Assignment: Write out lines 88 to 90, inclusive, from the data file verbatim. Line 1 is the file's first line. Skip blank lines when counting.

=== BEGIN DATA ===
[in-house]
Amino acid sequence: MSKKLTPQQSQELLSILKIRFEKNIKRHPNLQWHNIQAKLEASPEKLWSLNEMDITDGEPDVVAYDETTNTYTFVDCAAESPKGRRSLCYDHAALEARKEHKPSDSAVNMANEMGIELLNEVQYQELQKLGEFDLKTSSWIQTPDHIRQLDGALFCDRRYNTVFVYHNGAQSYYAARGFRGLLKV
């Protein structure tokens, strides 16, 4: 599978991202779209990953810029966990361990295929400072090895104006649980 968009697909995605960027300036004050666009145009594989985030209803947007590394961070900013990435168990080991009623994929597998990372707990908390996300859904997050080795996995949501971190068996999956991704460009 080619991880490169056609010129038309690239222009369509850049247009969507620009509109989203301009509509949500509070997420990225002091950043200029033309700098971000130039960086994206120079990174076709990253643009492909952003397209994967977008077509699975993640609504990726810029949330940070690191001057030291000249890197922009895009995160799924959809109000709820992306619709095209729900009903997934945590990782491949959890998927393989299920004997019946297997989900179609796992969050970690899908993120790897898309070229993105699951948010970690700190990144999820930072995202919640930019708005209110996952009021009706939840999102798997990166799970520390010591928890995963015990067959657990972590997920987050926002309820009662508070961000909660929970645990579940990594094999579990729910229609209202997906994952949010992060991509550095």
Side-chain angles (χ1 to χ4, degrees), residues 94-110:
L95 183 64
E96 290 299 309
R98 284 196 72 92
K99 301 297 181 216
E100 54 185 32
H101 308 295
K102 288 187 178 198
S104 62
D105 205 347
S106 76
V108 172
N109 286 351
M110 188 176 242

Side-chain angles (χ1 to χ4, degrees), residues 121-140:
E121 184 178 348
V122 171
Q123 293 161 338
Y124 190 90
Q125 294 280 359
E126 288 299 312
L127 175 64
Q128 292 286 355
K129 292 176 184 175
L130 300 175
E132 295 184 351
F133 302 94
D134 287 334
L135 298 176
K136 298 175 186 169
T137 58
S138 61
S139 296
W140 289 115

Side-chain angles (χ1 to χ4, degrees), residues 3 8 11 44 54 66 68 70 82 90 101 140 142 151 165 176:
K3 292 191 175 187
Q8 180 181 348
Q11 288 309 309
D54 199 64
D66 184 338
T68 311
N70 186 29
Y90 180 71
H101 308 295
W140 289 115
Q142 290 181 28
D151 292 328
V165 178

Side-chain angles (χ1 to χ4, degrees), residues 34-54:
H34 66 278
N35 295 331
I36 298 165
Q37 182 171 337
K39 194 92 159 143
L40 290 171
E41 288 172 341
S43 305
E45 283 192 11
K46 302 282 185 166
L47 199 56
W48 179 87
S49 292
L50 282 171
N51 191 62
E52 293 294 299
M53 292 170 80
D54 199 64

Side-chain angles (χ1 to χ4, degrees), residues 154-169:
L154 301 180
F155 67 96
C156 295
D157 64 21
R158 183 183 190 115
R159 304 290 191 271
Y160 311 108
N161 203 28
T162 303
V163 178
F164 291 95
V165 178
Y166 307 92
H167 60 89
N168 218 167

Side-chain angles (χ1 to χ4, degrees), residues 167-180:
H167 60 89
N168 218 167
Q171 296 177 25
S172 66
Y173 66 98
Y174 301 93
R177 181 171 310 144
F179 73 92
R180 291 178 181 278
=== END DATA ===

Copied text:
H167 60 89
N168 218 167
Q171 296 177 25